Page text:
1. Introduction

Information has been recognized as a strategic resource which must be effectively managed to maintain a competitive and evolutionary advantage. Because of its critical role in reducing uncertainty, structuring complexity, and generating greater situational awareness, any action taken in the information domain can leverage tremendous effects in the physical domains of resources such as material, personnel and finance as well as more abstract domains such as belief systems. It also extend the range of new options for a planner or decision maker. As information is becoming more and more available in a digital format, ever increasingly powerful computational processes permits completely new forms of military endeavors that will require new organizations, activities, skills and mandates.

This essay introduces the concept of Information Warfare. It describes events in the development of computer technology which has lead to the development of the concept, describes and proposes a conceptual analysis framework to assist in the elopement of military new capabilities which will be required to respond to possible emerging vulnerabilities and opportunities.

The concept of Information Warfare (IW) may be considered as an overarching view of how modern warfare must be approached. It is a conceptual framework which assists in the development of not just military plans, projects, and capabilities, but how all government agencies involved in crisis management and conflict resolution. It also helps in the design, development and implementation of Command and Control Information Systems (C2IS).

With any new integrative concept, the notion of the paradigm arises. If the concept is sufficiently broad, then the new paradigm reveals both the flaws in the old way of thinking and offers at the same time new levels of efficiency and effectiveness enabled by new types of integrative processes. Information Warfare has been brought about by the Information Technology revolution, advances in Information Management (IM) and the emerging concerns for Knowledge Management. The Senior Technology Advisor to the Assistant Deputy Minister proposal on Information Management Core Capability Areas describes Information Warfare as one of the four central pillars supporting the Department of National Defense and the Canadian Forces vision of how to achieve Information Superiority in military affairs.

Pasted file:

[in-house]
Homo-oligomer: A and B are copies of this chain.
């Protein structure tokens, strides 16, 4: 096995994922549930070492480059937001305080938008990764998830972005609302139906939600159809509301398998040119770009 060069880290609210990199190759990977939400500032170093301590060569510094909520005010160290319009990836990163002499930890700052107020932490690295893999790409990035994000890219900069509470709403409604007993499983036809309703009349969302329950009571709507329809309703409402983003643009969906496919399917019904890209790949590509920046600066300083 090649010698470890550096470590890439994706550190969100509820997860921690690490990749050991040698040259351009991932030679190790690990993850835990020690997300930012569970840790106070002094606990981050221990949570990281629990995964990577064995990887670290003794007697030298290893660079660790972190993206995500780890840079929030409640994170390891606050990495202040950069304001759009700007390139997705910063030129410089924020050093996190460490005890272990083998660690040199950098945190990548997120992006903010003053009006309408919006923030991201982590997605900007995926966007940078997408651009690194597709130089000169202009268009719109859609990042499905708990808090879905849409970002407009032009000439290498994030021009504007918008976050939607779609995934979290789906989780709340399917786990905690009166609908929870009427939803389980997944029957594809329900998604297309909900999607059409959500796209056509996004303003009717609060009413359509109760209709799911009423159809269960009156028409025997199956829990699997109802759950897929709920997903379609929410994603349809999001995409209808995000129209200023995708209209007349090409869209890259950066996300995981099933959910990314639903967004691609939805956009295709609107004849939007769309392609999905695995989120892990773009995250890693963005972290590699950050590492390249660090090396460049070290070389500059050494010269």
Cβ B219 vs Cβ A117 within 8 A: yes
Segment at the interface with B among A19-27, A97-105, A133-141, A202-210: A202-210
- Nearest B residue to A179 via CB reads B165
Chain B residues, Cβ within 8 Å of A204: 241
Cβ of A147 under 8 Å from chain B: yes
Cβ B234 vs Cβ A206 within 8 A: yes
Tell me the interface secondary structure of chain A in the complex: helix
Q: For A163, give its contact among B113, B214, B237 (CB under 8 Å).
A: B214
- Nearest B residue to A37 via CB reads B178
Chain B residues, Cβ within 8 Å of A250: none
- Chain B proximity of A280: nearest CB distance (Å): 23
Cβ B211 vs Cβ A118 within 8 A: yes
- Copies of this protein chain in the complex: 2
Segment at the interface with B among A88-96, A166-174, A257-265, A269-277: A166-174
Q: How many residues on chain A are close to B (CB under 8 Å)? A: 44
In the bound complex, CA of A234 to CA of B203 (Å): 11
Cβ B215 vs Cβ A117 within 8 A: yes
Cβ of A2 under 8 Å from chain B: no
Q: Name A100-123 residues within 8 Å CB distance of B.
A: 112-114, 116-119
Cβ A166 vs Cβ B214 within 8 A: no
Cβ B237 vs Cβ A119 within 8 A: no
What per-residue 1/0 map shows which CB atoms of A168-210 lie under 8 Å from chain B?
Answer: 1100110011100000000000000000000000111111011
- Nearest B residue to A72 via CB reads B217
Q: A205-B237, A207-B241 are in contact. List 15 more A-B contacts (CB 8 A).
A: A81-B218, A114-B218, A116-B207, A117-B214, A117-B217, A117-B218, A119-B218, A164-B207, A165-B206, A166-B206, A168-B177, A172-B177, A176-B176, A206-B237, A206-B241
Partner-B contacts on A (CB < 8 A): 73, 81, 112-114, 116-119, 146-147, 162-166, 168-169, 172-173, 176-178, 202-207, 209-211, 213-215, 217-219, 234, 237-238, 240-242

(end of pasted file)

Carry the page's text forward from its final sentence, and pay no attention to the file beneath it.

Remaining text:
These for core capabilities are seen in fig 1 and are comprise of Joint Surveillance Systems, Information Technology, Knowledge Management for Decision Support and Information Warfare. [Figure 1]

                            Figure 1
                        Core Capabilities

As will be shown in much more detail later Information Warfare includes military functions such as Information Collection Management, Assessment, Risk Assessment and Command and Control Warfare. But IW integrates these activities in a different and novel way through the use of modern information technologies. In many respect this is still uncharted territory for the military. Because of increased efficiency and effectiveness, Information Warfare has also some new inherent and totally distinct capabilities that emerge from this integration and the new “Domain” in which it occurs. Some call this “Domain”: Cyberspace, others the National Information Infrastructure. Its name is less important than the fact that this new soci-technical space permits qualitatively superior levels of military and governmental action.

A note of prudence. In writing this document none of the functions were viewed with organizational structure in mind however in trying to describe some of the activities, references to present organizational structures are made. This is because sometimes new realities can only be described in terms of what is know and because of this analogical vice of discourse, some ambiguity and confusion remains. The development of a conceptual framework will help highlight what activities are truly new and what military activities are simply a recasting of know activities within this new Information Warfare framework.

More and more, the ability of the military to participate in employment that ranges across the full spectrum of conflict is dependent upon it's information processing capabilities, knowledge management and information system infrastructure. The ability to develop synergy and maintain network operations in the face of opposing disruptions is becoming the fundamental key to successful military action.

It is important to acknowledge that there is a wide and growing debate about what is Information Warfare. Several military structures are attempting to describe, agree and leverage the concept of Information Warfare. Some of these efforts are done without the benefit of having a consensus and agreement of what is Information Warfare. Some nations military have set up several Information Warfare units. In the US the Army, Navy and Air Force are trying to develop Information Warfare capabilities. The same debate is seen taking place in the UK and Australia. Canada has just joined the Information Warfare discussions but has, at present, no organization that deals formally with the Information Warfare issues and concerns. One of the secondary objectives of this essay is to act as a means to raise the awareness on Information Warfare issues and help in planning any implementation.